Shumaker may have violated state laws

By Abby Morris
Star Staff
NASHVILLE - Former University of Tennessee President John Shumaker may have violated state laws by "misrepresenting" official documents to those investigating his spending practices and by impeding the investigation by declining to speak with auditors.
A review of Shumaker's expenses began in June of this year when local media in Knoxville questioned his use of the university's airplane. University officials performed an internal audit, which was followed a federal audit conducted through the Comptroller of the Treasury's office.
The Comptroller of the Treasury of the State of Tennessee, John G. Morgan, issued a letter to Governor Phil Bredesen, the Board of Trustees of UT, the General Assembly, and Dr. Joseph Johnson, current president of UT stating the findings of the state audit.
"As summarized in the transmittal letter to the internal audit report, the internal auditors identified questionable expenditures totaling $31,885.75 related to personal travel and other expenses incurred by Dr. Shumaker or on his behalf, the majority of which were not reimbursed to the university in a timely manner," Morgan states in his letter. "The internal auditors also stated that certain expenses associated with the president's residence and reception were substantial and may not have been prudent."
Listed among expenses for the president's residence, which were "stretched by Dr. Shumaker", are renovations, furniture and other items for a cost totaling $439,137, according to Morgan's letter. "Items such as a $4,822 gas grill and a $7,000 Persian rug were purchased because no UT official wanted to make waves for the new president," Morgan states.
The audit review also cited Shumaker's credit card expenses and practices. According to the letter from Morgan, auditors were told by UT personnel that Shumaker often failed to turn in credit card receipts or to clarify business and personal expenses.
One item questioned was a credit card receipt from a hotel in San Antonio, Texas, charged on Shumaker's UT issued credit card. The name on the receipt was Dr. Carol Garrison, president of the University of Alabama at Birmingham.
"When questioned by the internal auditors as to why Dr. Carol Garrison's name appeared on his hotel bill from San Antonio, Texas, Dr. Shumaker initially stated that he had given his room to Dr. Garrison for her convenience at a conference they were both attending, and he stayed with friends," the audit report states. "Dr. Shumaker later admitted that he and Dr. Garrison actually shared the hotel room and arranged with the hotel to split the bill, and that he initially misrepresented the situation in an effort to protect Dr. Garrison."
The auditor's report also cited concerns with UT contracts that had been awarded to "associates" of Shumaker that "may not have been wise business decisions, were not always awarded in accordance with policy, and had given the appearance of favored treatment."
While the auditor's report did note that problems in the control system may have allowed the actions of Shumaker to go unnoticed for a while, that does not excuse his actions, according to Morgan's letter.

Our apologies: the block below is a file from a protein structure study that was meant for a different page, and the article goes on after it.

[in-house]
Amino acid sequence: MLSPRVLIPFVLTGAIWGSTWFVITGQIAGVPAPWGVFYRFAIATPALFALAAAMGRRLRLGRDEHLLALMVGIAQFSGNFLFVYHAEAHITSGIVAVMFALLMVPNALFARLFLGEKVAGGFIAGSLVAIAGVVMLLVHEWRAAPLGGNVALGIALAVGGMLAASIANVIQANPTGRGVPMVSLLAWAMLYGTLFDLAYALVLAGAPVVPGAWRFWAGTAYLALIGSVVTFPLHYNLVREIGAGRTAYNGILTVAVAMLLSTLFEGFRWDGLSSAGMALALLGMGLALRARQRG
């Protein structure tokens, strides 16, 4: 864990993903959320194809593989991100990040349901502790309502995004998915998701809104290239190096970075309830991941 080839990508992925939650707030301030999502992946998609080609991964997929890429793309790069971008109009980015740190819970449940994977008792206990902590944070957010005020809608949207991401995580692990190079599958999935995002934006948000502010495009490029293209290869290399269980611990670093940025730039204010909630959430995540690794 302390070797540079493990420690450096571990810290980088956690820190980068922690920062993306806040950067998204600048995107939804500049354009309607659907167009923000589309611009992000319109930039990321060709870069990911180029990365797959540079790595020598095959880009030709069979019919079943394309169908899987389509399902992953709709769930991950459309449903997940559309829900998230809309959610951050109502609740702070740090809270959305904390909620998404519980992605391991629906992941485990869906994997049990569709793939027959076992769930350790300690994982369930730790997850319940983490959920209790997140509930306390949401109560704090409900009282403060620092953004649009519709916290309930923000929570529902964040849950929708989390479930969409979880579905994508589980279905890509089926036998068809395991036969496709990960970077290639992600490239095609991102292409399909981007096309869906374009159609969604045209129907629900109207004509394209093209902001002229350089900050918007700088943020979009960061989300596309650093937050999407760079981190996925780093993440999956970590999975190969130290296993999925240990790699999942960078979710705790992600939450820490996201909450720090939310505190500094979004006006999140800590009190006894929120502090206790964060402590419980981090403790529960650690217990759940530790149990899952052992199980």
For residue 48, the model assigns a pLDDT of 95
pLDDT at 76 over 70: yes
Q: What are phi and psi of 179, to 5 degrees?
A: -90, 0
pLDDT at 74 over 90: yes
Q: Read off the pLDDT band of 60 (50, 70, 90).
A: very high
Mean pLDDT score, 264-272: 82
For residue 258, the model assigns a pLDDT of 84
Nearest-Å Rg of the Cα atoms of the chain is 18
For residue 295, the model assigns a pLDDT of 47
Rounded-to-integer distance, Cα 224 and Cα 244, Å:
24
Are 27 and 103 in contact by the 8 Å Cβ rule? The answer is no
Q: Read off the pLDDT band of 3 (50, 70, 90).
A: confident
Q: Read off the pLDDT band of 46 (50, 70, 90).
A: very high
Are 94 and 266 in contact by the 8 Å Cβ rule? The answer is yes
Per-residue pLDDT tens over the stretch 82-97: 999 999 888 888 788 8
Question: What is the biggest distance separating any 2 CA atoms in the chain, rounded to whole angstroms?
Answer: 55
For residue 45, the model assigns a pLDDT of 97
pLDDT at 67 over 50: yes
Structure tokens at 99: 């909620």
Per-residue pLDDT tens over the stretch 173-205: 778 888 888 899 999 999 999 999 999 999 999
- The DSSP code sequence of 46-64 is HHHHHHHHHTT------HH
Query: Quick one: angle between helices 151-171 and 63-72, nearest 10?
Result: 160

"Rather than recognizing that there were control weaknesses in certain key areas in his operations and taking steps to improve them, Dr. Shumaker took advantage of these situations. His reaction to practically every question regarding his misuse of state resources was that he didn't know it was a problem, no one at the university had raised a red flag, and it was merely a procedural matter," Morgan states in his letter.
"Based on his approach, he apparently had a very different concept of what was reasonable, particularly when it came to expending money for things that benefited him, not withstanding the context of the financial hardships facing the state, the university, its students, and those individuals supporting the students. Unless there was a clear line that he couldn't cross, he apparently felt that it was his prerogative to do as he pleased. No amount of internal controls can effectively compensate for such an attitude."
Shumaker's salary was $365,000 a year with a $20,000 expense allowance, an increase of more than $14,000 over the previous UT president, Dr. Wade J. Gilley. In addition to his salary and expense account, Shumaker also received a benefits package and expense account from the UT Foundation with an estimated total worth of $275,000.
"Thus the estimated potential value of the combined compensation packages was $758,550," Morgan states in his letter, citing a report by the Chronicle of Higher Education which listed Shumaker's compensation package as the second highest among public university leaders in the United States for the year 2002-2003.
Under heavy pressure, Shumaker resigned as UT President in the early part of August of this year. At the time of his resignation, Bredesen agreed to advocate for a severance package of more than $420,000 in return for Shumaker's unconditional resignation.
Thursday afternoon, Bredesen held a press conference to address the auditor's report as well as Shumaker's severance package. The governor stated that as facts around the case came to light, he asked the university to delay any payout to Shumaker until the comptroller's auditors report was complete and had been assessed.
Bredesen stated that with the new facts in light, he no longer felt an obligation to Shumaker in regards to the severance package. "I now no longer feel that obligation and certainly free the (UT) Board (of Trustees) to take any additional actions it feels appropriate and in the best interest of the university including rescinding or modifying the severance package they approved on my recommendation," he said.
The UT Board of Trustees is slated to meet at the university in Knoxville today.